MEES Regulations – Are You Ready For It?
Author: Joshua Prior
Restrictions on UK property law tightened recently with the Minimum Energy Efficiency Standards (MEES) regulations (the Regulations) reaching their next step. As the name suggests, the MEES regulations look to improve the energy efficiency standards of UK domestic and non-domestic rented properties. Per UK law, properties are required to hold a valid Energy Performance Certificate (EPC) which, for rented properties, now needs to be at the level of E, or higher (up to A). The goal of these regulations is to ensure that properties require as little heating as possible, thereby using less energy and the Landlord spending less money. Whilst the UK Government is investing in renewable energy infrastructure, an alarming number of buildings still use traditional fossil fuels to heat the property and with an increase in energy efficiency, the use of these damaging carbon-based fuel sources can be reduced.
This article will discuss what the regulations and the new changes are, who they affect, the possible exemptions and consequences, and a discussion of how these reflect a wider social and economic shift within the UK economy. We will be discussing specific rented commercial properties within this article. If you would like to speak to anyone about any of these topics, please contact the Real Estate Team.
What are the Regulations?
Stemming from the Energy Act of 2011, the MEES regulations were passed in 2015 and came into force in 2018. The regulations initially meant that the Landlord of commercial properties could not issue new leases to tenants if the EPC was lower than an E – unless the Landlord had a valid exemption.
What are the Consequences?
The Regulations permit a two-pronged penalty for those Landlord which do not comply with the MEES Regulations. The first is a financial penalty on Landlords who do not comply or do not register an exemption, and the second is the reputational damage of the Landlord.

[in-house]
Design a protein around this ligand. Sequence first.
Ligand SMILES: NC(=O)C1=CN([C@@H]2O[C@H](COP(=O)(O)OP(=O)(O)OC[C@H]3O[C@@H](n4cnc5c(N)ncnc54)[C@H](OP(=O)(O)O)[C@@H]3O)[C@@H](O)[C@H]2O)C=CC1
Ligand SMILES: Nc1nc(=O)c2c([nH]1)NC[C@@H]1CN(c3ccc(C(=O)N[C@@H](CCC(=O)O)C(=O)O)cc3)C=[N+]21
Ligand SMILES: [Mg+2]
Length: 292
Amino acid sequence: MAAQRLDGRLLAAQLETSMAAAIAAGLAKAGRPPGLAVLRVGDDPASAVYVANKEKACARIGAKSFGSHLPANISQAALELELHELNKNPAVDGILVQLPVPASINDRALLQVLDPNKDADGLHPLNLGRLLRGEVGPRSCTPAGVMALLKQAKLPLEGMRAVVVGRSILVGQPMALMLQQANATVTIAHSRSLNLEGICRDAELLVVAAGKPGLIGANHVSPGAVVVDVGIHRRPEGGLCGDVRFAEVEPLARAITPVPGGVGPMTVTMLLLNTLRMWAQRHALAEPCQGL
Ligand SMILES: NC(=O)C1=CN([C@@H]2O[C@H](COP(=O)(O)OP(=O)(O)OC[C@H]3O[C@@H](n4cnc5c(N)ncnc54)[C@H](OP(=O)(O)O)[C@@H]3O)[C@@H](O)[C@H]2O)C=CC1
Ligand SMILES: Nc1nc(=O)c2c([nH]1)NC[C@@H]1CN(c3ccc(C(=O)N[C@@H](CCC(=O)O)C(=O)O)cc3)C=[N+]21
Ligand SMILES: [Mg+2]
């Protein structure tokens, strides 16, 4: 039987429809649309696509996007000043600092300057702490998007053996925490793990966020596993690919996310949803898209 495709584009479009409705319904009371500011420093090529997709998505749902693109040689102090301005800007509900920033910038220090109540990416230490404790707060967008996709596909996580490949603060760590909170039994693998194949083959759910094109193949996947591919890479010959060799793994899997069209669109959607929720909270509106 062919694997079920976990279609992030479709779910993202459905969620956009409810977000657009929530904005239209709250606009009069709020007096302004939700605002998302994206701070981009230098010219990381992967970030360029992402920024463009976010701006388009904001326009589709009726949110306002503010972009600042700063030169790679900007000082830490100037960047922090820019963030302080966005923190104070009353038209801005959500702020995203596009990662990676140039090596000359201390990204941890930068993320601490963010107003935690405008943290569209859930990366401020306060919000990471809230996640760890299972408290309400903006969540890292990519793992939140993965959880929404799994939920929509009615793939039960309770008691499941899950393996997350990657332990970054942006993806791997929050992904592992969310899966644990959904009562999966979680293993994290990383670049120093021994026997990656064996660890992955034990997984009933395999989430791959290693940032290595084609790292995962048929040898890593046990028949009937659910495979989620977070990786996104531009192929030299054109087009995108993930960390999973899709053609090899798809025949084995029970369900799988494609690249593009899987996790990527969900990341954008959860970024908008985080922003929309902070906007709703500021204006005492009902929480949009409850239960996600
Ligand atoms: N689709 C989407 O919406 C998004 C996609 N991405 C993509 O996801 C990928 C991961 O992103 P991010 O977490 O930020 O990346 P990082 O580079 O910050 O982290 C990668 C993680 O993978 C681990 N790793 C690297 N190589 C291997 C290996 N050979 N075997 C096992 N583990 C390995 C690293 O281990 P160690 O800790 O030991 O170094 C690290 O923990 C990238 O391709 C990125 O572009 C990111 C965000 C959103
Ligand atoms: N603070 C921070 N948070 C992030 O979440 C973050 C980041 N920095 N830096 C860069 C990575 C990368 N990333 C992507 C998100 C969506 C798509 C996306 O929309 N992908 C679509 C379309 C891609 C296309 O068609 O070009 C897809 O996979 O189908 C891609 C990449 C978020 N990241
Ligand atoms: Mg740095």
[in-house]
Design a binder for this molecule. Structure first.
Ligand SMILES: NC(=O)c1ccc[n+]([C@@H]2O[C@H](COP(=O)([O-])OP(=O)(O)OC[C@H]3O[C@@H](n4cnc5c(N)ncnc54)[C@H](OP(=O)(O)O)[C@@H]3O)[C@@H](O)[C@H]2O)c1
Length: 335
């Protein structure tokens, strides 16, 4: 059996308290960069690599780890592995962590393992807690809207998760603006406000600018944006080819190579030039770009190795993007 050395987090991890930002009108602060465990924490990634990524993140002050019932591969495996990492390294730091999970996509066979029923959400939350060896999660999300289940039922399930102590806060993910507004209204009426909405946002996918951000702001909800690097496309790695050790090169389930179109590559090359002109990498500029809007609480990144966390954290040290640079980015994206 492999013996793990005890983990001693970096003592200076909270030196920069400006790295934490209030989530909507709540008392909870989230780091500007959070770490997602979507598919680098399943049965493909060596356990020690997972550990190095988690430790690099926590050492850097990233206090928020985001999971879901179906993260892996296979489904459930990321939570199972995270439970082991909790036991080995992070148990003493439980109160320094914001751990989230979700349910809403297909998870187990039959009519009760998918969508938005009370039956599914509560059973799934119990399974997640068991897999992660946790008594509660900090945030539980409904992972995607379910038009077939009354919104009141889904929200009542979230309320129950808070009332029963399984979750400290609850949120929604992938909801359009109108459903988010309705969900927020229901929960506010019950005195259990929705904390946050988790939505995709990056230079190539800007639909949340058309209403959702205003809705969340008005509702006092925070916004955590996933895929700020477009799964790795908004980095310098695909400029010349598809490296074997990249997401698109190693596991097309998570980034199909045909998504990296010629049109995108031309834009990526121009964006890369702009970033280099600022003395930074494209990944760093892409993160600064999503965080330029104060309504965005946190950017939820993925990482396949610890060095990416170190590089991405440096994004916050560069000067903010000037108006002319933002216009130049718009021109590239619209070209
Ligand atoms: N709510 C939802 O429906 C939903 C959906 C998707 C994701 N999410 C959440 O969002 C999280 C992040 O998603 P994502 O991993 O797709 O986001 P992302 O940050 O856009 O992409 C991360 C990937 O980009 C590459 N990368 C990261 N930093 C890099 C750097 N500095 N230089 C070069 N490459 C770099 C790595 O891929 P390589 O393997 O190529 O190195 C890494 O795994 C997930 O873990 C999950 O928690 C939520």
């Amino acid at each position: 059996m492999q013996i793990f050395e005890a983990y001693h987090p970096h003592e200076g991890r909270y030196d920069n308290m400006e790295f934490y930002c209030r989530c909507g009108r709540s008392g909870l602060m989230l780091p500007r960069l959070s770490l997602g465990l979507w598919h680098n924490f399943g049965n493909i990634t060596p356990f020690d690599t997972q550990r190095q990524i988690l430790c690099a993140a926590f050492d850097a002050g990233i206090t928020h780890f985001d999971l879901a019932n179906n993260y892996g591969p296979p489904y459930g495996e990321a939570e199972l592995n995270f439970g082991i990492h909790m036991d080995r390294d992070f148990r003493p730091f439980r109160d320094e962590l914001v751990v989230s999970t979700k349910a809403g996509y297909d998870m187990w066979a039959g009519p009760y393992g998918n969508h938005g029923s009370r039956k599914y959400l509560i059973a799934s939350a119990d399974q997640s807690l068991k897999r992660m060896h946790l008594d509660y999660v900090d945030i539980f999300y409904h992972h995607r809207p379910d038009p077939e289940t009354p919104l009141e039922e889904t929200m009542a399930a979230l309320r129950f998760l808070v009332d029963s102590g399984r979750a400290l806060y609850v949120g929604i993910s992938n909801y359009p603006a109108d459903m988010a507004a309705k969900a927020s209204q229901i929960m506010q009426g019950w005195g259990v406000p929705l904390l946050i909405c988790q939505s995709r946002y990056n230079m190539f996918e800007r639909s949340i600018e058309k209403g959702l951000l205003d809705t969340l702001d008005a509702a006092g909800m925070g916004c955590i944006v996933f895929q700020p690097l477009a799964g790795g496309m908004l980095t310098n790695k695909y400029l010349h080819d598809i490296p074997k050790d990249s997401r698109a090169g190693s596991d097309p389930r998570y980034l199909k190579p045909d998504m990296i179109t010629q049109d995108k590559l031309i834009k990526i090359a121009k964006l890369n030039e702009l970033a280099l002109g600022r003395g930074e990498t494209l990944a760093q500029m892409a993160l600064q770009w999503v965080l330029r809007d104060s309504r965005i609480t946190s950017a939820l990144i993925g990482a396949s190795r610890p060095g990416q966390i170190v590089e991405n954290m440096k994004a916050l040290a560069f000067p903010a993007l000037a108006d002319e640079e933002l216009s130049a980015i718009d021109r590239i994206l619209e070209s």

Acuity Law’s Real Estate Finance team, who act for both borrowers and lenders have seen instances where banks will not be willing to offer a loan to a potential customer where that loan would be secured over a substandard property. Whilst the fines are may not be as effective, the threat of not being able to carry out business operations as a result of a substandard property will surely encourage Landlords to comply.
How can Acuity help?
Acuity Law have a large and experienced real estate team who focus on development and portfolio work. We work with many clients in the manufacturing and industrial sections and these are the sectors which are most likely to be hit the hardest by these regulations due to old warehouses and factories not being insulated properly, or insulated with harmful substances such as asbestos.
If you have any concerns that your properties may be substandard, or you are struggling to understand the regulations, please contact our Real Estate team who will be more than happy to talk you through your options and support you through the process.
How do the MEES regulations reflect larger trends?
We have seen a dramatic shift in the UK economy away from fossil fuels and towards greener, renewable energy sources. This shift is exemplified by the MEES Regulations which seek to ensure that carbon footprints from buildings and energy supplies is the lowest it can be. In the coming years and decades the Regulations set out a timetable for increasing the minimum EPC a certificate can hold.
This is reflective of the larger ESG trend towards companies and businesses adoption better environmental, social, and corporate governance policies. At Acuity Law we are no stranger to these trends, adoption many ESG policies ourselves with the help of our very own ESG committee.
Further, Acuity Law have a specialist renewable energy infrastructure sector team, spanning our Corporate, Commercial, and Real Estate teams. If you are interested in developing your own renewable energy infrastructure, please come and talk to us.
If you would like to speak to us about any point in these articles, whether on the MEES Regulations or the wider shift to ESG policies, please contact us at [email protected].